Communication with Family & Friends – “How are we enabling contact with your family and friends? We can share the Friends and Family Portal Code with your loved ones or arrange for video conferencing if that would be helpful.”
Service Recovery – (sometimes things do fall through the cracks) “I apologize that we did not meet your expectations this time. I’m committed to making it right, how can I do that?”
Rounding on Non-COVID-19 Patients
Imagine the fear for those who need to be admitted into the hospital for something not related to the global virus threat. The routines we use in healthcare to practice universal precautions during normal times are not known to patients, let alone the additional safeguards being taken now. With everything in the news, what impact could multiple caregivers entering and leaving the room create for these patients? To keep the chances of community spread in check, no visitors are being allowed into facilities. Imagine facing critical cardiac or oncology surgery without having your family members at your side. What we do to educate all patients about our processes and the reasons for those actions becomes critically important. Bundling care and streamlining patient contacts is important. But the risks of isolation and negative patient experiences runs high. Staff are tired and stressed and patients are scared.
“Our clients are repurposing nurse leader rounding to address these challenges and support the by the emotional needs of these patients. They are also using these interactions to educate patients about PPE, why staff are wearing masks and how the hospital is taking extra precautions,” said Nobl Co-founder and CMO, Katie Haifley.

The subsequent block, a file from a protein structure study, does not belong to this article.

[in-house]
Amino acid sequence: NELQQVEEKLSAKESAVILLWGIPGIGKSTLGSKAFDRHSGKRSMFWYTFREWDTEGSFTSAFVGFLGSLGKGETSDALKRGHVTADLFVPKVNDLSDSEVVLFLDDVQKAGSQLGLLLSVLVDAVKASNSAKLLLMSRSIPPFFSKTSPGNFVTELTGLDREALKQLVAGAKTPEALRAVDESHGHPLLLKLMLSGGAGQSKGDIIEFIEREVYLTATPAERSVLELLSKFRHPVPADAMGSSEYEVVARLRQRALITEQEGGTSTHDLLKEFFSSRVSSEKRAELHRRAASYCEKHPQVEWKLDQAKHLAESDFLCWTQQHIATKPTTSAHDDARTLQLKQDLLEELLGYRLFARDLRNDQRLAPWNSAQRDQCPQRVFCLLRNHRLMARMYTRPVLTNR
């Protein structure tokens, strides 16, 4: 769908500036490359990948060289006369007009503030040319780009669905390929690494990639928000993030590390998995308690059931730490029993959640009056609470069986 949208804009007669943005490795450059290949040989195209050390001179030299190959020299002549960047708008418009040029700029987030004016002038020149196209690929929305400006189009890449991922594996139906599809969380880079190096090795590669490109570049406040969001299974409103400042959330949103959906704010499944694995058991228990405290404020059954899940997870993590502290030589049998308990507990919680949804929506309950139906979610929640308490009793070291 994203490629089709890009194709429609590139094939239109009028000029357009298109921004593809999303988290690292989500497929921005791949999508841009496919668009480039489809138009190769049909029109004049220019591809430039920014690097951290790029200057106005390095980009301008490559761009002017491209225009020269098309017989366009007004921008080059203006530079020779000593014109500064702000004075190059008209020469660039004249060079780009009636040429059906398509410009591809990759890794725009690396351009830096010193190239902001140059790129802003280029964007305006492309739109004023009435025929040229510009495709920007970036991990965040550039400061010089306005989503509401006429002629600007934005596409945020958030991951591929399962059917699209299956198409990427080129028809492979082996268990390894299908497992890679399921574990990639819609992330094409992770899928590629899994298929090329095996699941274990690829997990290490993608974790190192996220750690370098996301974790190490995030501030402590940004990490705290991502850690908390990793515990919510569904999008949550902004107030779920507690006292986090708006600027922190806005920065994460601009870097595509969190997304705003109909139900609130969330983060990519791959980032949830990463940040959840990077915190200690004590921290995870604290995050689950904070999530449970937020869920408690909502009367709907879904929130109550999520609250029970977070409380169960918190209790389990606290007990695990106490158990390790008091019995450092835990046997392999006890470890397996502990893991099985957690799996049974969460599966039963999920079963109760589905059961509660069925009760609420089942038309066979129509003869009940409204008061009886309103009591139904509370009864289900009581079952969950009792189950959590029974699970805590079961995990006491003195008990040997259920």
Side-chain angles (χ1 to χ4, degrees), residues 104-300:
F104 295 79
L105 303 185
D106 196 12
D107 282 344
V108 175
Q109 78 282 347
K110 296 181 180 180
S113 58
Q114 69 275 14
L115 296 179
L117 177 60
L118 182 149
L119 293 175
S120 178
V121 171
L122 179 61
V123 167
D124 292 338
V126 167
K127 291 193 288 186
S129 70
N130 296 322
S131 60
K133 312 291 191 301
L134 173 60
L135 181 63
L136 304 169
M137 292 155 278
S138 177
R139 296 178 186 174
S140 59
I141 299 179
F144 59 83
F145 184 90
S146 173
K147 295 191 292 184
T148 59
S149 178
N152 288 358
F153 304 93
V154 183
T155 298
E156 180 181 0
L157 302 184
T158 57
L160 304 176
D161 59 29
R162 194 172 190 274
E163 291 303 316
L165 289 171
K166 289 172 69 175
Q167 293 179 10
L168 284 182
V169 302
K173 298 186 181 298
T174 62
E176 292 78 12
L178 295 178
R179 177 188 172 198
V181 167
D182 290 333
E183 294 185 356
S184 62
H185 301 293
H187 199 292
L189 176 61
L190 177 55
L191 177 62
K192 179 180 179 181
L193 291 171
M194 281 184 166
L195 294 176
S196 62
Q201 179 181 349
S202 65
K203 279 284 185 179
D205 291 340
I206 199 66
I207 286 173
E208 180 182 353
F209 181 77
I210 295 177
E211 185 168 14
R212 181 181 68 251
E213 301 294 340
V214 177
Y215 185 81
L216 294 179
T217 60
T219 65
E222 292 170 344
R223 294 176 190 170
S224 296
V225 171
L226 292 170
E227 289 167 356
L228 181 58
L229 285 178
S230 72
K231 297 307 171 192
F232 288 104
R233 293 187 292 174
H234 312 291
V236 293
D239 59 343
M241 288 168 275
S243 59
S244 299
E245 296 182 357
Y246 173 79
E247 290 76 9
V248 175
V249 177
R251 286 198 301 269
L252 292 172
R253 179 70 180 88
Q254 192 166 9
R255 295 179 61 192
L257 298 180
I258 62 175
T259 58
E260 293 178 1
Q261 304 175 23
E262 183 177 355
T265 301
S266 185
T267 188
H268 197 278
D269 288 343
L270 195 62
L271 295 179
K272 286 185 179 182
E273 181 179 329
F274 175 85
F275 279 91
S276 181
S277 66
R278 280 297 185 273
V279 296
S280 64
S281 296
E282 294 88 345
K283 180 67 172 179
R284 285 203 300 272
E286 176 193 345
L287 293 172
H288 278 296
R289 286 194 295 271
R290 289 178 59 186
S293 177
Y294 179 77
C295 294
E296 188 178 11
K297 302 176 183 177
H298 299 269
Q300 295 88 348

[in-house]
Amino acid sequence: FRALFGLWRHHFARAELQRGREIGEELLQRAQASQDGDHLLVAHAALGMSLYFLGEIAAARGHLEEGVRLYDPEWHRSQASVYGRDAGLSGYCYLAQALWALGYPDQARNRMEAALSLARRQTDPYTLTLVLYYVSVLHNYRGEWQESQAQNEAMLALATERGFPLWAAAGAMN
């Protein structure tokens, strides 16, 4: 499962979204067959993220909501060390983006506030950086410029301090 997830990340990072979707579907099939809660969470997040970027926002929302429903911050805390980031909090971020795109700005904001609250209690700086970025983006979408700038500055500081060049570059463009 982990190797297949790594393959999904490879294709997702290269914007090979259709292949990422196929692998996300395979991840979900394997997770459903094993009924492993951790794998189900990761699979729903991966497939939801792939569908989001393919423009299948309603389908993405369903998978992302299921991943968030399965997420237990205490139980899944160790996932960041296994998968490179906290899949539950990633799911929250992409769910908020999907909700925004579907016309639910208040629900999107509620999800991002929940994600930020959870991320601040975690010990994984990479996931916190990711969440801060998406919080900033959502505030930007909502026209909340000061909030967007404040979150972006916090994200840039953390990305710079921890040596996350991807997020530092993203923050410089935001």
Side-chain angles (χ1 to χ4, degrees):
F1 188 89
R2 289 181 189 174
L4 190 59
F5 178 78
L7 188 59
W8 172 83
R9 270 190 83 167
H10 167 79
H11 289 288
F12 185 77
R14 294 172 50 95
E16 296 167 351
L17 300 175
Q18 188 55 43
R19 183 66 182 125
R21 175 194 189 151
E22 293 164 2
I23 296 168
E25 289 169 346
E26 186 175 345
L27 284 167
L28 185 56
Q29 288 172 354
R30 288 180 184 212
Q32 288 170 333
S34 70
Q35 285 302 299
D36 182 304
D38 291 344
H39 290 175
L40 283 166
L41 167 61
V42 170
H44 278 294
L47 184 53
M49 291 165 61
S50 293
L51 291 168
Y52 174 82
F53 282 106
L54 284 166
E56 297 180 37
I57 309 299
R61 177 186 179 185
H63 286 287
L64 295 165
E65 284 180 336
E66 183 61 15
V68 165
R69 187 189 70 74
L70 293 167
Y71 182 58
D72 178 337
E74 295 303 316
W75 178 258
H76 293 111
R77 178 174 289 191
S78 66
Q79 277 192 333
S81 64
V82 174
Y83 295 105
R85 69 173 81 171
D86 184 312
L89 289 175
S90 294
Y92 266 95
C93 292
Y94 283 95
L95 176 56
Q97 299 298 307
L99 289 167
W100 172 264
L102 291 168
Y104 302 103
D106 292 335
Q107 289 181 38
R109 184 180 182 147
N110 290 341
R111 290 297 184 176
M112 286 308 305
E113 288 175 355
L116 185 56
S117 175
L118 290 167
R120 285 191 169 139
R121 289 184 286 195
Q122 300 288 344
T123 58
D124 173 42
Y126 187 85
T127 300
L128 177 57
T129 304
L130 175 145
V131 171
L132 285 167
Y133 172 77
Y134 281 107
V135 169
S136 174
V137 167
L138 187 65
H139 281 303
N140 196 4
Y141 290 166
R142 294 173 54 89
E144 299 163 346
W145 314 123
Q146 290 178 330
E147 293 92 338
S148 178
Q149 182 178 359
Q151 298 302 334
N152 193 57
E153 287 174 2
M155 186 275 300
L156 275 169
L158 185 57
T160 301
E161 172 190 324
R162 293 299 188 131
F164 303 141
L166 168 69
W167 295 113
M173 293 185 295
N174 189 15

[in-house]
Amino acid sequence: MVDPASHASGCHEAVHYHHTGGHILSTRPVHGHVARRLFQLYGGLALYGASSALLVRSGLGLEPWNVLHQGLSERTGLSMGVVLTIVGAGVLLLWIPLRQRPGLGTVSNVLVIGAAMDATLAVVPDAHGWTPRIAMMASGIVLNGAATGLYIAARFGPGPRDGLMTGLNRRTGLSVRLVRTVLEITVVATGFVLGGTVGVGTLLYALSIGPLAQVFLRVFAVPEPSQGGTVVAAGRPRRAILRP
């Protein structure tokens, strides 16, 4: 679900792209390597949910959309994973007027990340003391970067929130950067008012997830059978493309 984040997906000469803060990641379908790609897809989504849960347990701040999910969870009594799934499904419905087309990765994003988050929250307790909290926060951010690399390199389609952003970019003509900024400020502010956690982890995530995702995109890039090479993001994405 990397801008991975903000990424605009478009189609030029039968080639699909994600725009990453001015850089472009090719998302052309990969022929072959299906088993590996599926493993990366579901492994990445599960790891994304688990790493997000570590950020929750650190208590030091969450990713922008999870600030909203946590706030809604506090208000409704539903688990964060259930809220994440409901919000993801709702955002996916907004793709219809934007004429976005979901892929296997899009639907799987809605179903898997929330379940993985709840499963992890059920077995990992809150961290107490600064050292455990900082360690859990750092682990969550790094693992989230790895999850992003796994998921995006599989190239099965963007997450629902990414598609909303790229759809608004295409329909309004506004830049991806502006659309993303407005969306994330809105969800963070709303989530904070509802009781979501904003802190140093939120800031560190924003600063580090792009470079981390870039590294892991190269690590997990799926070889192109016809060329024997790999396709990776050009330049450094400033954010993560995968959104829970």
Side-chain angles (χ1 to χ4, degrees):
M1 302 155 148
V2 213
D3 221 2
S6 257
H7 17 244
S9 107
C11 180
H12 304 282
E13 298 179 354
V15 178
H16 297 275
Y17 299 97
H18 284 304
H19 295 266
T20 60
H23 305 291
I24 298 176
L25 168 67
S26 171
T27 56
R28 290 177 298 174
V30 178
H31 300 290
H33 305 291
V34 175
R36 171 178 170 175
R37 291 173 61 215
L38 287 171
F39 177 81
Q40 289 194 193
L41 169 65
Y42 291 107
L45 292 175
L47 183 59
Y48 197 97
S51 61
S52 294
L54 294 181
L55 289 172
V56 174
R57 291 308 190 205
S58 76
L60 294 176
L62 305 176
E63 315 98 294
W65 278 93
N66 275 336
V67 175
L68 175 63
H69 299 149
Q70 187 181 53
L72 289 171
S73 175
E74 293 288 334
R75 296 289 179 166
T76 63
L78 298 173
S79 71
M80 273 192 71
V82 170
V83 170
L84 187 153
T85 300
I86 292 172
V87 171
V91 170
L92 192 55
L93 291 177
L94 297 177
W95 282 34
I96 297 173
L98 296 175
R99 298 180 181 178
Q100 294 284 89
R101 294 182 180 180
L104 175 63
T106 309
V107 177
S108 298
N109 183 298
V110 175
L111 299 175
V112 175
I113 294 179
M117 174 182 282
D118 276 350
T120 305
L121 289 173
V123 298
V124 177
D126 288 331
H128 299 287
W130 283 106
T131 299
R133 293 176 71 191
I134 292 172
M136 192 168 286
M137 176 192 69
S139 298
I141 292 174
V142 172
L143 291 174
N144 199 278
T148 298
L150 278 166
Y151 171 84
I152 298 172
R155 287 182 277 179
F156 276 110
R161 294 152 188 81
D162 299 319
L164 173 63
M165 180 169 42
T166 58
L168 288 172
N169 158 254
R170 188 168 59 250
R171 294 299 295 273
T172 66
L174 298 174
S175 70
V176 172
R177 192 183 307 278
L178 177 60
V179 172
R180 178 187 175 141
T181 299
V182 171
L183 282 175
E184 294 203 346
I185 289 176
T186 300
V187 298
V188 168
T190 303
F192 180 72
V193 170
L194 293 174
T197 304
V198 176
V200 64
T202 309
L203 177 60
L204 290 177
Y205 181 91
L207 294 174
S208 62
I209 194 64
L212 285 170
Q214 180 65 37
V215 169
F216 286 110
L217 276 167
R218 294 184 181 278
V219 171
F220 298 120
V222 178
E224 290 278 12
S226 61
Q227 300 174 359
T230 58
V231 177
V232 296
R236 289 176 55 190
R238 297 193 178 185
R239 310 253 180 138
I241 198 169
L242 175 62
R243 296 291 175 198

Consider asking some of these questions during your nurse leader rounds on patients during this time:
Please know that we are taking all the necessary measures and precautions to protect the safety of our patients and caregivers. One of the ways is limiting visitors that are allowed in the hospital which makes it difficult to communicate changes with your family and friends. Can you tell me how you are communicating with your family and friends so they can keep updated on your care?
My priority is to ensure that we are doing everything possible to support your emotional needs. What is most difficult for you right now? (listen)
I’m wondering if speaking to our chaplain or your local pastor may be helpful for additional support. Is there anyone we can arrange for you to speak to help you feel supported right now?
I can help set-up a video call using one of our tablets. Would you be interested in this so you can visit with your family?”
Rounding on Employees During the COVID-19 Crisis